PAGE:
Qaddafi Blames Uprising on bin Laden; Says al Qaeda Leader Drugged Libyans' Coffee
The Libyan revolution has moved within 30 miles of Tripoli, the nation's capital, according to the New York Times, with "[t]housands of mercenary and other forces [striking] back at a tightening circle of rebellions around the capital."
The report, filed from the eastern Libyan city of Benghazi by Kareem Fahim and David D. Kirkpatrick, quotes the nation's leader, Gen. Muammar el-Qaddafi, talking by phone to Libyan television, as blaming the uprising of Libyans against his 40-year rule on Osama bin Laden, whom he says has drugged the Libyan people. From Fahim and Kirkpatrick:
In a rambling discourse, he blamed the uprising on the leader of Al Qaeda, Osama bin Laden, saying he had drugged the people, giving them “hallucinogenic pills in their coffee with milk, like Nescafe.”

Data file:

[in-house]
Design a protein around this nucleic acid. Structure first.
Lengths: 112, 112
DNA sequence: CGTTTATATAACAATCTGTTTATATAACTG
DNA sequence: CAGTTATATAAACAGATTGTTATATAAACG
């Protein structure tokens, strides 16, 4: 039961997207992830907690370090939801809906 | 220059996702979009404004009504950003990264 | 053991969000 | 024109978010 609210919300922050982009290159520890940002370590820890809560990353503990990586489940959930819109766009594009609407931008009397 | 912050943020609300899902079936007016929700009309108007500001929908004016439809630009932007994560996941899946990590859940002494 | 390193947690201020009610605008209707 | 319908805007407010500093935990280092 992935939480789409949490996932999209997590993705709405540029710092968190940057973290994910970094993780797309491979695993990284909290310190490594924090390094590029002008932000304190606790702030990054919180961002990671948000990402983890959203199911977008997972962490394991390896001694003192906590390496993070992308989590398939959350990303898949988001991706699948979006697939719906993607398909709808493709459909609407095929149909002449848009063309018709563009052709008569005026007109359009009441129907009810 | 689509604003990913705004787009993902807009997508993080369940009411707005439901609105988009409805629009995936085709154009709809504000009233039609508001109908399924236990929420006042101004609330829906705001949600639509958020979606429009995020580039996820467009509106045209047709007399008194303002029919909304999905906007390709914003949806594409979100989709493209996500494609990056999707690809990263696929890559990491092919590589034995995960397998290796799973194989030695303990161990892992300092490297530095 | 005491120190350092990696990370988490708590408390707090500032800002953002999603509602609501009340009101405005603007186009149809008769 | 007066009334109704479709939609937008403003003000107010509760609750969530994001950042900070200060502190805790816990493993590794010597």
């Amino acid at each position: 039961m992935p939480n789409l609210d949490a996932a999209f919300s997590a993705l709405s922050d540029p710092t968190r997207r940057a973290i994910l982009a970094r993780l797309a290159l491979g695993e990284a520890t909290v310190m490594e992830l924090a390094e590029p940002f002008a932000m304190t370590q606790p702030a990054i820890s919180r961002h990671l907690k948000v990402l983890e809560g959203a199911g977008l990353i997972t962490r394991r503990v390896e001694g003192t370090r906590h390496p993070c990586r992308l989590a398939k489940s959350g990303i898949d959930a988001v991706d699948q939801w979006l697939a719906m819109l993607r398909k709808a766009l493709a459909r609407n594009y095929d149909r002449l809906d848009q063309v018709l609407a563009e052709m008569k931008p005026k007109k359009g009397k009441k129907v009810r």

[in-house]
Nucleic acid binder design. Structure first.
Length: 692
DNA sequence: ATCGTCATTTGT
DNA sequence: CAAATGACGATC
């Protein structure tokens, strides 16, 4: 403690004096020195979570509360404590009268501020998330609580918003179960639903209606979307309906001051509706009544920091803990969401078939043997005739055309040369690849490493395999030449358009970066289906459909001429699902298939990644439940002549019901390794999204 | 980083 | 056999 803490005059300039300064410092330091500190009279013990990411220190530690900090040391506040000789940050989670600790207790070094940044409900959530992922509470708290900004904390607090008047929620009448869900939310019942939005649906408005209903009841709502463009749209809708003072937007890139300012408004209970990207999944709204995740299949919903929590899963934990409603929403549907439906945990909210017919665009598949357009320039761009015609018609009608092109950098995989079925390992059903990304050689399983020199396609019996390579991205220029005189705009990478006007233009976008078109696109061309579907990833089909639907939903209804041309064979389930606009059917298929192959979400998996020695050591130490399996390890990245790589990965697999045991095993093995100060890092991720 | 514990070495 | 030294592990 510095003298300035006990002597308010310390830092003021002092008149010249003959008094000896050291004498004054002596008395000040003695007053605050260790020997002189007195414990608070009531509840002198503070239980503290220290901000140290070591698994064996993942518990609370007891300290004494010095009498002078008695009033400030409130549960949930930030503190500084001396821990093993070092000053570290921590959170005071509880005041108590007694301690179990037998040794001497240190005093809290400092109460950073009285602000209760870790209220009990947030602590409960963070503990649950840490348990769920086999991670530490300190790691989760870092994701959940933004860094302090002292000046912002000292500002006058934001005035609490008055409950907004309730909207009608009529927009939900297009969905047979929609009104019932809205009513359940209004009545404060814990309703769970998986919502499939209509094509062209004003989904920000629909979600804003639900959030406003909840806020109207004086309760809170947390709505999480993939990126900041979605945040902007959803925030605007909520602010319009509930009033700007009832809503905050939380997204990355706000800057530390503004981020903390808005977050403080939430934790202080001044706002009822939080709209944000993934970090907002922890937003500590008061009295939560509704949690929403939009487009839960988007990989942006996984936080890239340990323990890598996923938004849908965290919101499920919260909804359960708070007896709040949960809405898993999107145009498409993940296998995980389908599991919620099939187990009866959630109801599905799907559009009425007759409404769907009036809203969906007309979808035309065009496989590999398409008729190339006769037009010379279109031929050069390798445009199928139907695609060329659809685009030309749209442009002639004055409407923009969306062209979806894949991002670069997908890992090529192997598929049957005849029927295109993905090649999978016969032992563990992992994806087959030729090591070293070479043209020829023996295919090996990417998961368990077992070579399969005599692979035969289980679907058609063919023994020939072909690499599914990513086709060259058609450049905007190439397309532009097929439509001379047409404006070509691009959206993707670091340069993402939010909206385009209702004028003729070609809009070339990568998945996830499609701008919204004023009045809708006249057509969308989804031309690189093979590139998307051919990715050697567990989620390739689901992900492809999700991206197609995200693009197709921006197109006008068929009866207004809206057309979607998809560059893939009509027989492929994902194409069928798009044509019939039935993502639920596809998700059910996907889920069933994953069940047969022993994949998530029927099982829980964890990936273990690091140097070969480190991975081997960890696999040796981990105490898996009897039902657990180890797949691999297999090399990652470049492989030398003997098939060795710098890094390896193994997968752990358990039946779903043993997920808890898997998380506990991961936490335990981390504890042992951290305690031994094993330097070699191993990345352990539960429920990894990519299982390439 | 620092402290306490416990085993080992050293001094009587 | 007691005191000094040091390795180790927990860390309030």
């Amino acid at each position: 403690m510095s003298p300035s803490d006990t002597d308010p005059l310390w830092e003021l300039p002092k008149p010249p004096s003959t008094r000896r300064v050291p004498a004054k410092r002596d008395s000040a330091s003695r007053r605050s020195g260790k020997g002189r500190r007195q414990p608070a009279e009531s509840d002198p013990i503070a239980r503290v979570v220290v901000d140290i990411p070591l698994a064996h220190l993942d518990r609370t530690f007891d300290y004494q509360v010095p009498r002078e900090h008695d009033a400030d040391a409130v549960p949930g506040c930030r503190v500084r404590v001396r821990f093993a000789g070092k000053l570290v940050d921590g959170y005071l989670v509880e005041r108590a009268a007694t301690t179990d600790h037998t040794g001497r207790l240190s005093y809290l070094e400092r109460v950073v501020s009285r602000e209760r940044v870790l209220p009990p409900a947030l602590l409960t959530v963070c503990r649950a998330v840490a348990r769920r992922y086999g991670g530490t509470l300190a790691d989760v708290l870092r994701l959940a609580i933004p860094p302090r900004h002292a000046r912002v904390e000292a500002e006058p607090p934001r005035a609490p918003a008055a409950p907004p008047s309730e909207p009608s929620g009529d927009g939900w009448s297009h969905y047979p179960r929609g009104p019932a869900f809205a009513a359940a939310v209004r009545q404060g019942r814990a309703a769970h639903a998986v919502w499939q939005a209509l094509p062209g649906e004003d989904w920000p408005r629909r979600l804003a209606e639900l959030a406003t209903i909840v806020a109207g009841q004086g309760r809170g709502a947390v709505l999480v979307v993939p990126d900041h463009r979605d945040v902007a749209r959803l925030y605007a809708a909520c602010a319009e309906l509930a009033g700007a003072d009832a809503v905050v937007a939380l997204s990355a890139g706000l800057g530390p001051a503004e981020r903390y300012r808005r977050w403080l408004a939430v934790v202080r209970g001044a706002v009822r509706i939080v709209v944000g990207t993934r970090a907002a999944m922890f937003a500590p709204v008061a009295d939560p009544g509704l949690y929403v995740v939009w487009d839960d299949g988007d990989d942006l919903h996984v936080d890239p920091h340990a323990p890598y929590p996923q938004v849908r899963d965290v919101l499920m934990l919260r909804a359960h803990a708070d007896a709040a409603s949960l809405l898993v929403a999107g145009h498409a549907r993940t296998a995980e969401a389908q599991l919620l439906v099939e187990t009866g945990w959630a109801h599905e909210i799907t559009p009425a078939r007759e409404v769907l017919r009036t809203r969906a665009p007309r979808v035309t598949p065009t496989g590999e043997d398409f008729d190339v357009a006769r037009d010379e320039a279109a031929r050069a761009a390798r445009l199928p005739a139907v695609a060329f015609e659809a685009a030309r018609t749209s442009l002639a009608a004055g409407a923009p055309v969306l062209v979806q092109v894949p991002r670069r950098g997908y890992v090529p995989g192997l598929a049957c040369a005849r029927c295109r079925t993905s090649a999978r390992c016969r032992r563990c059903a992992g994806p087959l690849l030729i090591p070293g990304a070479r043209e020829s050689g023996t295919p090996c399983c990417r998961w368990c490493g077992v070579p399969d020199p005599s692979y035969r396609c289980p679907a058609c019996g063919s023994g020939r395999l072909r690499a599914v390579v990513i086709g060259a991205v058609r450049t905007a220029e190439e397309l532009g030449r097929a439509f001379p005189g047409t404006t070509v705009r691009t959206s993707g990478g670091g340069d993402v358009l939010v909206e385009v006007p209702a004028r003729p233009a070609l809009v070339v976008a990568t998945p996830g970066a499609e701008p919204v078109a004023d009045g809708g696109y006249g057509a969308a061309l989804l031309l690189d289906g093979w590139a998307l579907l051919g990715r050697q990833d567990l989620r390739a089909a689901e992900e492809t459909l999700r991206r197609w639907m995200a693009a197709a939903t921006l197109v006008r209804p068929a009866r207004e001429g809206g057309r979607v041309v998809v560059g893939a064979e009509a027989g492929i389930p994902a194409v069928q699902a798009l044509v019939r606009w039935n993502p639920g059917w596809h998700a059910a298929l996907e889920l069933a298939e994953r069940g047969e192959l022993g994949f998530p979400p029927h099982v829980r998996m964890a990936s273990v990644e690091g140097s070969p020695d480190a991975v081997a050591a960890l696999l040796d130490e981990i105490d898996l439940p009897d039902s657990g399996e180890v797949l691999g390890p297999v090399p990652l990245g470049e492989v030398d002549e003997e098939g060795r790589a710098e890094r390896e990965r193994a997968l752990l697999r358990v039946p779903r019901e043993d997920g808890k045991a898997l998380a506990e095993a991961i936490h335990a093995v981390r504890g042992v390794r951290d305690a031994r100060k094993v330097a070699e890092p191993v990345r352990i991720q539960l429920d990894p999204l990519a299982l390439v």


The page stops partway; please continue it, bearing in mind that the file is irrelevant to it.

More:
“Those people who took your sons away from you and gave them drugs and said let them die are launching a campaign over cellphones against your sons, telling them not to obey their fathers and mothers, and they are destroying their country,” he said.
Meanwhile, concerns about the economic consequencesof continued instability in the oil-producing region saw global markets dipping. The Dow, at one point earlier in the day, sank below the 12,000 mark before rallying a bit later in the day, for a total daily loss of 29 points. (Over the two previous days, the Dow lost 300 points.) Oil prices remain volatile: at one point today, the New York price topped $100 per barrel, before closing at $97.